}
    #contentContainer {
        position: absolute;
        top: 100px;
        bottom: 50px;
        left: 150px;
        right: 0;
        _right: -17px;  /* IE6 correction */
        overflow-y: scroll;
        background: aquamarine;
        }
    #footerContainer {
        height: 50px;
        position: absolute;
        bottom: 0;
        left: 0;  /* necessary for IE6 */
        right: 0;  /* ditto */
        background: red;
        line-height: 50px;  /* centers vertically */
        }
    div {
        text-align: center;
        }

The grandContainer's position:relative goes well together with the margin:auto and makes the child elements with position:absolute be positioned relative to it. See How to Position in CSS for more information on that. IE6 does not render position:absolute well, but with this Javascript newWindow and the extra lines in the CSS it does. The rest should be self-explanatory; just study it div by div.

2. Fixed footer, normal scrollbar

As indicated, this is the non-recommended option, but you may have valid reasons why you still want it. To achieve it (see this live example newWindow), we best use a combination of position:fixed, left and a negative margin-left (described here), resulting in this code:


HTML:
    <div id="headerContainer">Header</div>
    <div id="sideContainer">Side</div>
    <div id="contentContainer">Put a long Lorem Ipsum here</div>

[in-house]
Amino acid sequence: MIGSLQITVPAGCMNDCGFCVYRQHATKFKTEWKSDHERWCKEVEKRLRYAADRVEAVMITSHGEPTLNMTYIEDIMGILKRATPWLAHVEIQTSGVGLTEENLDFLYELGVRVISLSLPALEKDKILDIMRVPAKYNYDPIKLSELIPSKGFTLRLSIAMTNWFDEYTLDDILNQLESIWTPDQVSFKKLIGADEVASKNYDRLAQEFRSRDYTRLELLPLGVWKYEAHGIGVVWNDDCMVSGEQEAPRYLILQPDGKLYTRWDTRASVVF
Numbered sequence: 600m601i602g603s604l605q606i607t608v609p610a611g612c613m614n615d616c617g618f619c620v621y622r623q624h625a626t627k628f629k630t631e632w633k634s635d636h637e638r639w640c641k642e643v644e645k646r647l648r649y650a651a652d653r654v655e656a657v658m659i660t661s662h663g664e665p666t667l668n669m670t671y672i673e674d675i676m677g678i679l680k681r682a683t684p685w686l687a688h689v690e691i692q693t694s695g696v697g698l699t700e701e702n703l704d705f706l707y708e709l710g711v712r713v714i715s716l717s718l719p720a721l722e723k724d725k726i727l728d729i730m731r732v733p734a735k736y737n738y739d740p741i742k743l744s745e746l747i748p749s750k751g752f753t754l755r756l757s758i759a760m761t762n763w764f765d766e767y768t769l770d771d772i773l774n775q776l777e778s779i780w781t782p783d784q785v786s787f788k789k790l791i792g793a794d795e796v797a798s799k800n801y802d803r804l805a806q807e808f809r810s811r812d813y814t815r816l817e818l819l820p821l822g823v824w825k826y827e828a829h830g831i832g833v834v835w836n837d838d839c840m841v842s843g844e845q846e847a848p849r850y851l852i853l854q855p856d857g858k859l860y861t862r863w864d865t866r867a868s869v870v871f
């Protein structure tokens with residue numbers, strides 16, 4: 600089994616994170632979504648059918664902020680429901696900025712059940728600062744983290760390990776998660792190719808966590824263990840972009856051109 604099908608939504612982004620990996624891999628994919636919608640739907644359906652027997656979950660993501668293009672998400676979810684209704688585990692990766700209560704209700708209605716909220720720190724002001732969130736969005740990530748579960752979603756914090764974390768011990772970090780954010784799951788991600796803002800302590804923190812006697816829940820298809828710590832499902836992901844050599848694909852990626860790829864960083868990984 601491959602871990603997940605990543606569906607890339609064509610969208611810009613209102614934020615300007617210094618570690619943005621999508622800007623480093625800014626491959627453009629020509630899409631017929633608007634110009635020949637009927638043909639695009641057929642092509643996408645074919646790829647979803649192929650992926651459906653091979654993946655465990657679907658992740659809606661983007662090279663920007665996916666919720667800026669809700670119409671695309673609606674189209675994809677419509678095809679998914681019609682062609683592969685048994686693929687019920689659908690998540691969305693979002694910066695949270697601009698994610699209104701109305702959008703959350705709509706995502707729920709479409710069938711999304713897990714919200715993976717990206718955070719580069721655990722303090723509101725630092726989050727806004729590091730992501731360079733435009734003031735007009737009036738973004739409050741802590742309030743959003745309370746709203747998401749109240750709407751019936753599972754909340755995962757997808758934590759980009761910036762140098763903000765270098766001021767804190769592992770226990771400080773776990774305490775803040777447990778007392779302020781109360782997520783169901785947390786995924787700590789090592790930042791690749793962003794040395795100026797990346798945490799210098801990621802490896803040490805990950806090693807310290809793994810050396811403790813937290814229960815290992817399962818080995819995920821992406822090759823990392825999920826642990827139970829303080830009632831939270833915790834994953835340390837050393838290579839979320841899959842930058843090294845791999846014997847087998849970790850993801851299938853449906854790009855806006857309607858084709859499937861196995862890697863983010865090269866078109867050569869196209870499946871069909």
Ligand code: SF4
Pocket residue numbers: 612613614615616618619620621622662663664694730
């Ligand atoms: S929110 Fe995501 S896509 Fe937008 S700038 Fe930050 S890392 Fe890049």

<div id="footerContainer">Footer</div>

CSS:
    html, body {
        height: 100%;
        margin: 0;
        padding: 0;
        }
    #headerContainer {
        width: 980px;
        height: 100px;
        position: fixed;
        left: 50%;
        margin-left: -490px; /* half the width */
        background: orange;
        line-height: 100px; /* centers text line vertically */
        }
    #sideContainer {
        width: 150px;
        height: 100%; /* for IE6 */
        position: fixed;
        top: 100px;
        bottom: 50px;
        left: 50%;
        margin-left: -490px;
        /* half the width of the header to line up with it */
        background: pink;
        }
    #contentContainer {
        width: 830px;
        position: absolute;
        top: 100px;
        left: 50%;
        margin-left: -340px;
        min-height: 1200px; /* to guarantee continuous background */
        background: aquamarine;
        z-index: -1; /* position:absolute gives a higher
                        z-index than fixed */
        }
    #footerContainer {
        width: 980px;
        height: 50px;
        position: fixed;
        bottom: 0;
        left: 50%;
        margin-left: -490px;
        background: red;
        line-height: 50px; /* centers text line vertically */
        }
    div {
        text-align: center;
        }

The code should be pretty much self-explanatory again; just study it div by div. IE6 does not render position:fixed at all, but with this Javascript newWindow it does, basically. You might wonder why I didn't use nested position:fixed. The reason is that IE6, even with the Javascript, does not render that well enough.


Change log
V. 2.0: made a distinction between the various objectives one can have with 100% height and offered solutions for the other objectives; explained the difference between fixed and sticky footer.
V. 2.1: re-formatted CSS code snippets in the text.
V. 2.2: added link to Faux Columns without image sub-technique (check it out!); included recommendation on fixed footer sub-technique.


About
I am Frank Conijn, a web designer and author from Amsterdam, the Netherlands. At the moment, I am too busy with other web projects to be making websites for others, but I am available if you want to hire me for problem solving or advice. Just mail me at f.conijn@conijnbotFoolconsultancy.com.